Employment Division v. Smith Case Brief

Facts of the case

Two counselors for a private drug rehabilitation organization ingested peyote — a powerful hallucinogen — as part of their religious ceremonies as members of the Native American Church. As a result of this conduct, the rehabilitation organization fired the counselors. The counselors filed a claim for unemployment compensation. The government denied them benefits because the reason for their dismissal was considered work-related misconduct.The state appellate court reversed the denial of benefits, finding that the denial violated their First Amendment right to the free exercise of religion. The state supreme court affirmed the appellate court. The U.S. Supreme Court vacated the Oregon Supreme Court’s judgment against the disgruntled employees, and returned the case to the Oregon courts to determine whether or not sacramental use of illegal drugs violated Oregon’s state drug laws (485 U.S. 660 (1988)). On remand, the Oregon Supreme Court concluded that while Oregon drug law prohibited the consumption of illegal drugs for sacramental religious uses, this prohibition violated the Free Exercise Clause. The case returned to the U.S. Supreme Court in this new posture.

Why is the case important?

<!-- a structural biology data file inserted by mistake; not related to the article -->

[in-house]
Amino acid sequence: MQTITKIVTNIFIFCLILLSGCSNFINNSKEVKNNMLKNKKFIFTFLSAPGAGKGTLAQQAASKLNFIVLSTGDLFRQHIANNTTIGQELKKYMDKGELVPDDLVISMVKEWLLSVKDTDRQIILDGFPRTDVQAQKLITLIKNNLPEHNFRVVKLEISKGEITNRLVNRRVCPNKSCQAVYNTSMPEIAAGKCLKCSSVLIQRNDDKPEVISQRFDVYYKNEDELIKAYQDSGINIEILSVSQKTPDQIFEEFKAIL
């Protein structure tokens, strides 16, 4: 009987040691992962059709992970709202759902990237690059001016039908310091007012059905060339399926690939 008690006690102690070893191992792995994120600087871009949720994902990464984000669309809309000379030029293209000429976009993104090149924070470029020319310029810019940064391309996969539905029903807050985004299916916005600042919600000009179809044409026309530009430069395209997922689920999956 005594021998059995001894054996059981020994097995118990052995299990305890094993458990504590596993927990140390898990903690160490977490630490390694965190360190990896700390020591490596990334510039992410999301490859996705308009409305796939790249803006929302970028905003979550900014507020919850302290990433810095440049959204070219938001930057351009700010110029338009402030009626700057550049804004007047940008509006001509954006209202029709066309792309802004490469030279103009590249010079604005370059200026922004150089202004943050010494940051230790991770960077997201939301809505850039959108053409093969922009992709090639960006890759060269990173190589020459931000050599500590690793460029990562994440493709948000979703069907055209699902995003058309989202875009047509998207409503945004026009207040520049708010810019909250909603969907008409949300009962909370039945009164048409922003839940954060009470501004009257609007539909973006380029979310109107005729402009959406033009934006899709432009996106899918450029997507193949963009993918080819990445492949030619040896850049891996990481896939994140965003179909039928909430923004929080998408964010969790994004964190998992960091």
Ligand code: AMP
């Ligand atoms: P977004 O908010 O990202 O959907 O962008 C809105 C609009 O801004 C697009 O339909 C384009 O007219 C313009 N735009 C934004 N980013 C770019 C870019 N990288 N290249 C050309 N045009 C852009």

The Respondent, Smith (Respondent), sought unemployment compensation benefits after he was fired from his job for using peyote in a religious ceremony. The Oregon Supreme Court ruled that the Respondent should be awarded unemployment compensation as his right to free exercise of religion was violated. The Petitioner, the Employment Division, Department of Human Resources (Petitioner), appeal the case.

Question

Whether a statute, which prohibits the use of religiously inspired peyote and denies unemployment benefits to those who have been dismissed from their job because of this use of peyote violates the Free Exercise Clause of the First Amendment of the United States Constitution (Constitution).

ANSWER

Yes. The law is applied to all citizens equally regardless of religious belief. It was not designed to impede upon the religious practice of the Native American Church.

CONCLUSION

On certiorari, the United States Supreme Court held that (1) the free exercise of religion clause permits a state to include religiously inspired use of peyote within the reach of the state’s general criminal prohibition on use of that drug, where there is no contention that the state’s drug law represents an attempt to regulate religious beliefs, the communication of religious beliefs, or the raising of one’s children in those beliefs (2) the free exercise of religion clause thus permitted Oregon to deny unemployment benefits to persons dismissed from their jobs because of such religiously inspired use and (3) generally applicable, religion-neutral criminal laws that have the effect of burdening a particular religious practice need not be justified, under the free exercise of religion clause, by a compelling governmental interest.

  • Advocates: Craig J. Dorsay argued the cause for the respondents David B. Frohnmayer for petitioners
  • Petitioner: Employment Division, Department of Human Resources of Oregon
  • Respondent: Alfred Smith et al.
  • DECIDED BY:Rehnquist Court
  • Location: Oregon Department of Human Resources
Citation: 494 US 872 (1990)
Argued: Nov 6, 1989
Decided: Apr 17, 1990
Employment Division v. Smith Case Brief